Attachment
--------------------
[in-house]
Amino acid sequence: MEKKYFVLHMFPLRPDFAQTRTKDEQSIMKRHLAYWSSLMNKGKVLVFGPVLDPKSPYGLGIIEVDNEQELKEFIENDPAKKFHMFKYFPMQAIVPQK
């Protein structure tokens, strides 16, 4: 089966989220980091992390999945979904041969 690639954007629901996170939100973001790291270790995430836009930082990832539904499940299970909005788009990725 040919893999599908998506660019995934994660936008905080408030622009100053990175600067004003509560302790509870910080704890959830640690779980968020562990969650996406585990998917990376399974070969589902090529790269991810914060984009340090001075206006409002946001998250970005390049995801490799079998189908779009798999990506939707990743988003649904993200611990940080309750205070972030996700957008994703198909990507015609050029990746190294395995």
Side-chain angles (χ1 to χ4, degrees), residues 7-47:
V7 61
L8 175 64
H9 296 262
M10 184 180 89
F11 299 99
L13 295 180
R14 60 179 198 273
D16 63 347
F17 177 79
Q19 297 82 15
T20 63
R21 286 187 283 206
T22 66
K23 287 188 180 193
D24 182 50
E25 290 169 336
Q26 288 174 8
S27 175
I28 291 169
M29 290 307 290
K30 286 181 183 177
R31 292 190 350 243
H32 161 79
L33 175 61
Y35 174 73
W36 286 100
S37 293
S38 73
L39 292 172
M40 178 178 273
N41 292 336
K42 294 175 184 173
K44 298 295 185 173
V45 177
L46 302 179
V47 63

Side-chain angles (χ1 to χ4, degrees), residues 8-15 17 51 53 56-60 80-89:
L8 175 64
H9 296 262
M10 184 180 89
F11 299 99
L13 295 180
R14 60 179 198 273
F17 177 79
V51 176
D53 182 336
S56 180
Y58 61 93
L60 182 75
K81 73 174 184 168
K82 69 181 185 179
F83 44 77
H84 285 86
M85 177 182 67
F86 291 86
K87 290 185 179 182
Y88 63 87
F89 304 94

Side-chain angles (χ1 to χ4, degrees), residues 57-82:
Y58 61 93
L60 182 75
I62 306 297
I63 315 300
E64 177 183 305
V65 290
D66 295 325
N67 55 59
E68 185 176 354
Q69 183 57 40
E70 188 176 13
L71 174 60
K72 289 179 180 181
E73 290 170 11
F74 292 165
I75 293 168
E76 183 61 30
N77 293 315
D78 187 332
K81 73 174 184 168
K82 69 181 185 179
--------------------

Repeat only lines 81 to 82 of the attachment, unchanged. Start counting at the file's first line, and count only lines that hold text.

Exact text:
N77 293 315
D78 187 332